If we can take anything from these works of fiction, and let's assume that people are, more or less, as these stories portray, then we can make lots and lots of small moral decisions in our lives, using them as the cement to glue down our personalities and our behavior patterns. So when the "big one" comes along and we maybe have to make a life or death decision, based on this cement, we can be true to what we say we believe in, even when we have every reason to toss it all away and demand the head of the "Joker" on a platter.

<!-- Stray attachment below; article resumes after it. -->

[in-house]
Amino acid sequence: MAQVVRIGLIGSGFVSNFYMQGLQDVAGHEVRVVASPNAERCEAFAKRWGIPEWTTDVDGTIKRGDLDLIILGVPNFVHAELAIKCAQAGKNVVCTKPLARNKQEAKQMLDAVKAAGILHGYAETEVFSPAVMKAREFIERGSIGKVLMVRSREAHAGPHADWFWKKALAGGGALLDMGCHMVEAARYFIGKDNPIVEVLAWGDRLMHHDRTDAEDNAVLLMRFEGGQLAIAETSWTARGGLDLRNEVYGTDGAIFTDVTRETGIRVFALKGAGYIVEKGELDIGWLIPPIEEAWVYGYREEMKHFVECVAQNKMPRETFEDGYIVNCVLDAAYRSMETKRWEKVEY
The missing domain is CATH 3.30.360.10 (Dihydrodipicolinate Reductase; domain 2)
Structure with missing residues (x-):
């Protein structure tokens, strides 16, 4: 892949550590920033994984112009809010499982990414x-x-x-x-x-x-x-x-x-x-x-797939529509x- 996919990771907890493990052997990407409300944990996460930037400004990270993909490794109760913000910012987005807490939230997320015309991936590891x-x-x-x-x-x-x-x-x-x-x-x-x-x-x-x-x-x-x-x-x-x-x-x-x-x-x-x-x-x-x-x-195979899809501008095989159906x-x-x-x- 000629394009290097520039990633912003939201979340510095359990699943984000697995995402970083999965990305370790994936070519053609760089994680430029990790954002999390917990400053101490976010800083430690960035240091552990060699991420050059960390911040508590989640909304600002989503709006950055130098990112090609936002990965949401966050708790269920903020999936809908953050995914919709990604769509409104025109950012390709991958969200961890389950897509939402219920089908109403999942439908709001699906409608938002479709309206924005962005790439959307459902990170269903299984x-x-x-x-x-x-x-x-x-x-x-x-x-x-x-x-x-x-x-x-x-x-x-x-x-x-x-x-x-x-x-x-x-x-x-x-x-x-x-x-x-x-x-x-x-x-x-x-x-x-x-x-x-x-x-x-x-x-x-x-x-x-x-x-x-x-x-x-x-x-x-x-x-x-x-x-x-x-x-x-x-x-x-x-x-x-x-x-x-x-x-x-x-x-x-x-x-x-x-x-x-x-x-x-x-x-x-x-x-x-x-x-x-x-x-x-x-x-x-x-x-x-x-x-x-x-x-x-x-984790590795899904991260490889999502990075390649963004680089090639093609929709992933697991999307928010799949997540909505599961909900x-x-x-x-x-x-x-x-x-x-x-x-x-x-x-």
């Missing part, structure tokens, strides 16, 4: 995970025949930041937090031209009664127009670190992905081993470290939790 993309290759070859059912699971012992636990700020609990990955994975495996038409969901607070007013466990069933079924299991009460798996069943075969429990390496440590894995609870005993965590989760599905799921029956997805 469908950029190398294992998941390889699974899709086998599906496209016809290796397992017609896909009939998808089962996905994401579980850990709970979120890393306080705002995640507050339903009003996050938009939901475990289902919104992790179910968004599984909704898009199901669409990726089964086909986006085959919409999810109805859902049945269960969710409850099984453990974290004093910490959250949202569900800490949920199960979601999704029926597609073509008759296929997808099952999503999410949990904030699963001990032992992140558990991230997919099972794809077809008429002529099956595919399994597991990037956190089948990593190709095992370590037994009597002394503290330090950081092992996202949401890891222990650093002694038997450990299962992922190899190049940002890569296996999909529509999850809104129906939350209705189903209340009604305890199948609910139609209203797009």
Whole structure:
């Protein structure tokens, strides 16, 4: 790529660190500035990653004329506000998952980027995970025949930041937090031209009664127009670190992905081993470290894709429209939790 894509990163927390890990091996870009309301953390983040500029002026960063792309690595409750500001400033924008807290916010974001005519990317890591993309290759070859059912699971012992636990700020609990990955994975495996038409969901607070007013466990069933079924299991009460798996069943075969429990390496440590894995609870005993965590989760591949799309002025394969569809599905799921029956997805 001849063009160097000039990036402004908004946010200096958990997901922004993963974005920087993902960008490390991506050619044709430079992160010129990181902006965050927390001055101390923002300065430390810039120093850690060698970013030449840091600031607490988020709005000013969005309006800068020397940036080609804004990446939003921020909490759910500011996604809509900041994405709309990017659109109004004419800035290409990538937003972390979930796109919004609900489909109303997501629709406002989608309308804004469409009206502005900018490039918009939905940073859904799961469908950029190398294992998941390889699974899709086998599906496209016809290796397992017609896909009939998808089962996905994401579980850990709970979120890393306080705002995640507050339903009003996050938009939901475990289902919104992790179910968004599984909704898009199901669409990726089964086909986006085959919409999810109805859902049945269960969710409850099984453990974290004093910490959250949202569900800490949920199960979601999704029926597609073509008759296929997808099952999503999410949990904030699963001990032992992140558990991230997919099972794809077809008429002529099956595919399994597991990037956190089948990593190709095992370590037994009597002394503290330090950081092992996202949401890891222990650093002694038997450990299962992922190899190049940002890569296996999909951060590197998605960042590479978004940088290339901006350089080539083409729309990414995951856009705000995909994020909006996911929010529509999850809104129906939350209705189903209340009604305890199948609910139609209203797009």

Both stories are violent. Both stories are disturbing. Both Jokers are unpredictable and scary, even as we realize they're fictional. But violent, disturbring, unpredictable, and scary things happen every day. One day it might even happen to you. What will you decide to do when your finger's on the button or on the trigger?